Calling on Caution

Watchdog groups urge cell phone users to be wary of increased cancer risk.

By Eric Schneider

November/December 2011


When Stuart Cobb was diagnosed two years ago with a type of brain tumor called a benign glioma that led to physical impairment, visual disturbances and memory problems, he and his family suspected that his longtime cell phone use was the culprit. Cobb, a Portland, Maine, plumber, was a 15-year user averaging two to five hours on the phone each day.

“A cell phone is how we would communicate with our coworkers from service call to service call,” Cobb, 36, recounts. “I would also use my cell after work to communicate with friends and family.”

Stuart’s wife, Kristen, a medical transcriptionist, says, “The two questions that were raised by his doctor the day he was diagnosed that I cannot seem to get off my mind were ‘How often do you use your cell phone?’ and ‘Which side do you hold your cell phone on?’ We put two and two together, and we were shocked to find out that our state tried to pass a law requiring cell phones to come with warning labels.”

Although Maine’s effort to get mobile devices sold with warnings did not pass, emerging studies are giving researchers more ammunition to call for a change in standards applied to cell phone use and to caution consumers about exposure to cell phones and other wireless equipment, such as microwave ovens, baby monitors, cellular phone towers and cordless phones.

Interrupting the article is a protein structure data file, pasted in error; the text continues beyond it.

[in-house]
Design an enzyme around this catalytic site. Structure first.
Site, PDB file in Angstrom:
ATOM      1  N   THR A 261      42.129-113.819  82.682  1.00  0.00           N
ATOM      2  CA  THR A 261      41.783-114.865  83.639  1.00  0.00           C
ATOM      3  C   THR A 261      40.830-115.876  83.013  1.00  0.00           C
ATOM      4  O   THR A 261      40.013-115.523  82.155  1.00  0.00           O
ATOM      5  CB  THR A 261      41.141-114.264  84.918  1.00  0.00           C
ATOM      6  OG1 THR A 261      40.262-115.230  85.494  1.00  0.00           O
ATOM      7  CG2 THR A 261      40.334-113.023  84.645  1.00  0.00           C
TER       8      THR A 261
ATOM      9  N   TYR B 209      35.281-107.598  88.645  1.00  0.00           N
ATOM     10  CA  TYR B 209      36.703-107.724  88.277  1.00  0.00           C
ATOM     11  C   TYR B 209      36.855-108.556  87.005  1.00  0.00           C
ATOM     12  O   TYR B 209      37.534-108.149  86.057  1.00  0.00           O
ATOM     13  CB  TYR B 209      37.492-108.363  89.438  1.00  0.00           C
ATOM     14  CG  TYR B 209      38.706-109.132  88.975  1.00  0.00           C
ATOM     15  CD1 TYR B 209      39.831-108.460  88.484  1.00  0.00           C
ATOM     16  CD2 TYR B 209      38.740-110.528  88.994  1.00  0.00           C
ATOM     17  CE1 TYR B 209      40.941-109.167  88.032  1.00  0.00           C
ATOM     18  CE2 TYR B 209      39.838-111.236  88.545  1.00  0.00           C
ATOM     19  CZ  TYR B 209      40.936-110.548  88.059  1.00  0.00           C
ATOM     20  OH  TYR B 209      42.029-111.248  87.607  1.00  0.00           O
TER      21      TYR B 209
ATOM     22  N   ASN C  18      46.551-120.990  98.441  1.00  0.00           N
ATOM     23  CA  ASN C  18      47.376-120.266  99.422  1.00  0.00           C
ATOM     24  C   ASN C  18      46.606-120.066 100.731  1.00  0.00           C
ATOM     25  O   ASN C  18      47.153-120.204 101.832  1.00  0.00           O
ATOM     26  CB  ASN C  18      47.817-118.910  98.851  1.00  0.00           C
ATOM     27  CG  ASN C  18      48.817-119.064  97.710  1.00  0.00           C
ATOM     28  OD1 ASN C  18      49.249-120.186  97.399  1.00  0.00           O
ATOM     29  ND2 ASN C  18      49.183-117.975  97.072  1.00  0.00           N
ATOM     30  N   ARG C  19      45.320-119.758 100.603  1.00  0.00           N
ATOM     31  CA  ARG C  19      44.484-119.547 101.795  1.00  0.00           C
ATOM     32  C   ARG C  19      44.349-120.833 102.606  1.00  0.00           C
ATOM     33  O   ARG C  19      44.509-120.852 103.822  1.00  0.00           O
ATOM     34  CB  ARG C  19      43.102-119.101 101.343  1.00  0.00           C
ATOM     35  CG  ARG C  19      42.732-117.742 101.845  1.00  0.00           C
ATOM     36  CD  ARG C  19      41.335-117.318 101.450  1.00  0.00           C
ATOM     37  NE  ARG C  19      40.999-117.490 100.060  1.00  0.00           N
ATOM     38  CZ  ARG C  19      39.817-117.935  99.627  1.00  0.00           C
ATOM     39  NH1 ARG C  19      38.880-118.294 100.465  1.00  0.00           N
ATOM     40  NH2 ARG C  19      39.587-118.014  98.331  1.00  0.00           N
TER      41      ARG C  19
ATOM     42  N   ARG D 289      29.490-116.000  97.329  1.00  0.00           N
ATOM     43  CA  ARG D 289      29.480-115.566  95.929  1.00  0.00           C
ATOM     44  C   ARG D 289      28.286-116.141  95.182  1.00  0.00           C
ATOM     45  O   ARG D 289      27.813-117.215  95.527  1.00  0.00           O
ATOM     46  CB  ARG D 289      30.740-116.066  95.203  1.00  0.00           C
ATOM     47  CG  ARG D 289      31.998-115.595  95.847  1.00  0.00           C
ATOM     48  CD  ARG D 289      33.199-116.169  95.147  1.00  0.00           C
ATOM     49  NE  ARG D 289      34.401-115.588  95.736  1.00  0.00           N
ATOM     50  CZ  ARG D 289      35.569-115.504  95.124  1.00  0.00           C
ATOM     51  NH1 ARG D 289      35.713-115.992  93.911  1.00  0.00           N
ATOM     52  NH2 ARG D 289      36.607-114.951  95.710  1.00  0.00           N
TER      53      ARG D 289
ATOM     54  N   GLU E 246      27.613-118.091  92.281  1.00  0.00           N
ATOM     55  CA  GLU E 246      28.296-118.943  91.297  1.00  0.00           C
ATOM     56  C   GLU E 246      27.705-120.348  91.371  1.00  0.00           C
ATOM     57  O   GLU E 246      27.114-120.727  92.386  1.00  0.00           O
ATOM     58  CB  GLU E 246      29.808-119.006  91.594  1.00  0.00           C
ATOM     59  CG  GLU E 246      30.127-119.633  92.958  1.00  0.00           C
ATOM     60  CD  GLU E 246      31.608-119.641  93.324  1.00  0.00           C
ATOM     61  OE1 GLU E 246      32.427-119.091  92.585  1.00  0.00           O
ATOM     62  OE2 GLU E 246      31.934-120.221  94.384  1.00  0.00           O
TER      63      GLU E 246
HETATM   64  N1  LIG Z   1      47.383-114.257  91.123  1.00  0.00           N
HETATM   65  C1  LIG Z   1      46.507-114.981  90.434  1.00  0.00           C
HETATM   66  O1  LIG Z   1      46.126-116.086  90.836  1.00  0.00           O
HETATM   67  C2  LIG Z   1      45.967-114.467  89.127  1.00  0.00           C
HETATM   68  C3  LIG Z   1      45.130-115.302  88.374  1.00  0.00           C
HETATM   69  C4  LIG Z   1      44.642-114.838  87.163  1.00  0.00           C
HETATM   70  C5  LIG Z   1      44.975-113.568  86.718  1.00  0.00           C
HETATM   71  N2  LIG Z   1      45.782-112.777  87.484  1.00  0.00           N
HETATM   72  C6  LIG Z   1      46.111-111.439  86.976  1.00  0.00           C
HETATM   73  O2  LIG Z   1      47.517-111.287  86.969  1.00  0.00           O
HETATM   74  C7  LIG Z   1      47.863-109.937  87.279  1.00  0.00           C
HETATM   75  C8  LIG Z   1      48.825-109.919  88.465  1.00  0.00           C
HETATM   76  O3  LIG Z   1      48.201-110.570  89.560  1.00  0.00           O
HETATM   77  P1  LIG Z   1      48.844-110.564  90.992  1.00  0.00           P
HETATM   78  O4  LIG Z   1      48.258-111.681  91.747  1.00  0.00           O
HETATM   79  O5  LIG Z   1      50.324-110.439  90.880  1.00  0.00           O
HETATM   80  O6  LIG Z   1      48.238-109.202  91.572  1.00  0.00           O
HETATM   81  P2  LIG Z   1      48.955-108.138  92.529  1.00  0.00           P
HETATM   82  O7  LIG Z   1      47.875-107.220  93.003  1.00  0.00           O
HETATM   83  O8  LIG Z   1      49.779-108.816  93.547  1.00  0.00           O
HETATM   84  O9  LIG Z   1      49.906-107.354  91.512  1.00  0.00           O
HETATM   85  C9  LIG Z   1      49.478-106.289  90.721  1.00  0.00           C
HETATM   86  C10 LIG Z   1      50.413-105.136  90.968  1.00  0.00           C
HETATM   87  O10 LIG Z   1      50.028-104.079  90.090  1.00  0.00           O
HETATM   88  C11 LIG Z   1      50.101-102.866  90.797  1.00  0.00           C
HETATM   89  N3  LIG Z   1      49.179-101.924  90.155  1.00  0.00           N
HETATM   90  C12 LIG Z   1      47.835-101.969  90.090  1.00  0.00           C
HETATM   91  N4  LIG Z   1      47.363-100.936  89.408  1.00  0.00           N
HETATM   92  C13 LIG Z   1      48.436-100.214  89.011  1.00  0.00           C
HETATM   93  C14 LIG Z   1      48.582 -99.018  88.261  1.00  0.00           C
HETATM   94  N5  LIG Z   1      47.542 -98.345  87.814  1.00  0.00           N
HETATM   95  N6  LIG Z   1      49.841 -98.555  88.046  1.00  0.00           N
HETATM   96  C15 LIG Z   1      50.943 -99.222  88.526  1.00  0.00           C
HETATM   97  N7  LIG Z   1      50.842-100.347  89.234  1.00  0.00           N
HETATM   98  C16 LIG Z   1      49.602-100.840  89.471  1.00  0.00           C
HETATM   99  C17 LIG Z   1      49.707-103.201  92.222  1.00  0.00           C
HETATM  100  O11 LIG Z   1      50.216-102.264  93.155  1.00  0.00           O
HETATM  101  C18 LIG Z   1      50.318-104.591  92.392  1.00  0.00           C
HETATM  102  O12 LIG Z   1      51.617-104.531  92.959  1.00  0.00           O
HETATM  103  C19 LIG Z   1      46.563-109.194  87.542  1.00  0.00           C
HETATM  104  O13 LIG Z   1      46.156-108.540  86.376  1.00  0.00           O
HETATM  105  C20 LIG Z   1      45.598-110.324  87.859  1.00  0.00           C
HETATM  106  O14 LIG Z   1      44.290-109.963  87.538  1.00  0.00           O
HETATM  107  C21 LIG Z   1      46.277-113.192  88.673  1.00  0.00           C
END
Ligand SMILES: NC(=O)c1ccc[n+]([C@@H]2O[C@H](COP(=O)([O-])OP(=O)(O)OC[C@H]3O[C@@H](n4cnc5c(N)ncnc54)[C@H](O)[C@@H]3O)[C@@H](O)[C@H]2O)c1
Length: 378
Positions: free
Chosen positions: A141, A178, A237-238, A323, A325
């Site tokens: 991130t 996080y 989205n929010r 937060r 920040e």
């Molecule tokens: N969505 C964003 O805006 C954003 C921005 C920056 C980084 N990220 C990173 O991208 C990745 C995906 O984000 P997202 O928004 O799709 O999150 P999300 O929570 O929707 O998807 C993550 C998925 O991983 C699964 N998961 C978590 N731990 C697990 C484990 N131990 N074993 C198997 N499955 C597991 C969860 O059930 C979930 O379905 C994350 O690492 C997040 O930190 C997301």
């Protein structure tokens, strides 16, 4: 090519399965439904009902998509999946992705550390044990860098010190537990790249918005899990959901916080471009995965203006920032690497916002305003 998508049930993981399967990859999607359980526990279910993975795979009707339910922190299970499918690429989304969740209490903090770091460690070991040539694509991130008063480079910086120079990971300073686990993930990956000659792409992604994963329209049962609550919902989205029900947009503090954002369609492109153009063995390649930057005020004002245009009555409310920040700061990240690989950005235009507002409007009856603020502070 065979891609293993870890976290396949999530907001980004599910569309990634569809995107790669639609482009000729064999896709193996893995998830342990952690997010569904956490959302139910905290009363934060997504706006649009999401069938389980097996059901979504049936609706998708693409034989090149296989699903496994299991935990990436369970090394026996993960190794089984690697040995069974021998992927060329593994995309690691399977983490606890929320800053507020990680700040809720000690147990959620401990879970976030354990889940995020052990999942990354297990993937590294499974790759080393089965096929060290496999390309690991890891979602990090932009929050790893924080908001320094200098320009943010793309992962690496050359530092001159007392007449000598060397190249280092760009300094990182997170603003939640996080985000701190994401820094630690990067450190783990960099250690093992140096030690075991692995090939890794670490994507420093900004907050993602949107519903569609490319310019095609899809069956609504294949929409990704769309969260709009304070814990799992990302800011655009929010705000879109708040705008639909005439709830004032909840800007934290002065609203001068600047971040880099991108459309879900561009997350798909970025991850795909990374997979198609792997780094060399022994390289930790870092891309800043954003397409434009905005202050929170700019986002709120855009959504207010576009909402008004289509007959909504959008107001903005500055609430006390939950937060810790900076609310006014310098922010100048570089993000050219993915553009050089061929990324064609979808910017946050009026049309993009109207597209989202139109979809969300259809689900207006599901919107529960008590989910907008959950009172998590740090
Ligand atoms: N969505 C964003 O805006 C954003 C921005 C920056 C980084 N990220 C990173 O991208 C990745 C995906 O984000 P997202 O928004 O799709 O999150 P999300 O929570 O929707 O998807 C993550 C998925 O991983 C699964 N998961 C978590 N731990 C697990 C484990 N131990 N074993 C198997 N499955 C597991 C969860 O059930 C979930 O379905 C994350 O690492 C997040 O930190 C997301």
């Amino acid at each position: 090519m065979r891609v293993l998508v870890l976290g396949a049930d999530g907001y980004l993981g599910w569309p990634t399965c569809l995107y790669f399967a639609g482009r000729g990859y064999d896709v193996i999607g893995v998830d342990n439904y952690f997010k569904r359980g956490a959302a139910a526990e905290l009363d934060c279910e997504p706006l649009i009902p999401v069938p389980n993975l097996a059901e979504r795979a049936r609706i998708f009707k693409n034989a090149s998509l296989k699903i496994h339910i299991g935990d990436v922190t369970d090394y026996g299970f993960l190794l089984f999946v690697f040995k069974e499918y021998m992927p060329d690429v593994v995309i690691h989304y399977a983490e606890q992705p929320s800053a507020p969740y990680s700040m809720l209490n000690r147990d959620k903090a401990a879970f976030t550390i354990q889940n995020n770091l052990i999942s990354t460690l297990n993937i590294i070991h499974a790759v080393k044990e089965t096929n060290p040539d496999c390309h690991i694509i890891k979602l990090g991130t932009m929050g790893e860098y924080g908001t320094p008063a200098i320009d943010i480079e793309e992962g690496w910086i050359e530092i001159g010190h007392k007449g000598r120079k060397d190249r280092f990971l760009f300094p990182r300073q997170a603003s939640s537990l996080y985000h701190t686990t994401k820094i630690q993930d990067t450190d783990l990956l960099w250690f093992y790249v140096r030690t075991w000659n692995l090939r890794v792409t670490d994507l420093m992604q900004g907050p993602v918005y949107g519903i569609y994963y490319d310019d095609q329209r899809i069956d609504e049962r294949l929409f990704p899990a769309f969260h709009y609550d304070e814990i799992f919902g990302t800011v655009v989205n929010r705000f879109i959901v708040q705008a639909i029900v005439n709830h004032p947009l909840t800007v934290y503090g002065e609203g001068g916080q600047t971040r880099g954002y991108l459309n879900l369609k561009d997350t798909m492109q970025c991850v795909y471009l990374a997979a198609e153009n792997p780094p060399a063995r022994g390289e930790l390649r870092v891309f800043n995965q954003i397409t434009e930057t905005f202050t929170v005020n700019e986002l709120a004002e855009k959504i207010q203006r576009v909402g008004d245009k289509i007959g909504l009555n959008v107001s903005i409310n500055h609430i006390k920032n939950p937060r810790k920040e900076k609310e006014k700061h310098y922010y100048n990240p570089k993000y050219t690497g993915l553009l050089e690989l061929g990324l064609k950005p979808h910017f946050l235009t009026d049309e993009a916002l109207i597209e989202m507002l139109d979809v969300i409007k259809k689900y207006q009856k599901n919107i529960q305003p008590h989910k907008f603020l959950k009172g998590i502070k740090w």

Watchdog organizations advocating more restrictions recently celebrated what is said to be the first cell phone ordinance in the United States, adopted in San Francisco. It requires consumer education at the point-of-sale recommending limited cell phone use by children and the use of headsets or speaker phones.

San Francisco retailers are also to recommend that consumers keep a cell phone away from the body, avoid areas with weak signals (where the phone uses more power) and reduce the frequency and length of calls. Retailers were required to comply by the end of October.

Long-Term Risk

The problem with cell phones is that low-level radiation is still radiation. That emitted by the devices is weaker than that of X-rays, for example, giving a false sense of security to consumers, says
Devra Davis, PhD, MPH, founder of the Environmental Health Trust (EHT, www.environmentalhealthtrust.org) in Teton Village, Wyoming, and author of Disconnect: The Truth About Cell Phone Radiation, What the Industry Has Done to Hide It and How to Protect Your Family (Dutton Adult). Cell phone emissions are non-ionizing, meaning they are too weak to break ionic bonds that hold chemicals together. “But even though it’s too weak to break those bonds,’ Davis says, “it can cause damage in other ways.”

The main health issue surrounding cell-phone radiation is its possible link to cancer, especially of the brain, auditory nerve and parotid gland, a salivary gland in the cheek near the ear, says David O. Carpenter, MD, director of University at Albany’s Institute for Health and the Environment in Rensselaer, New York.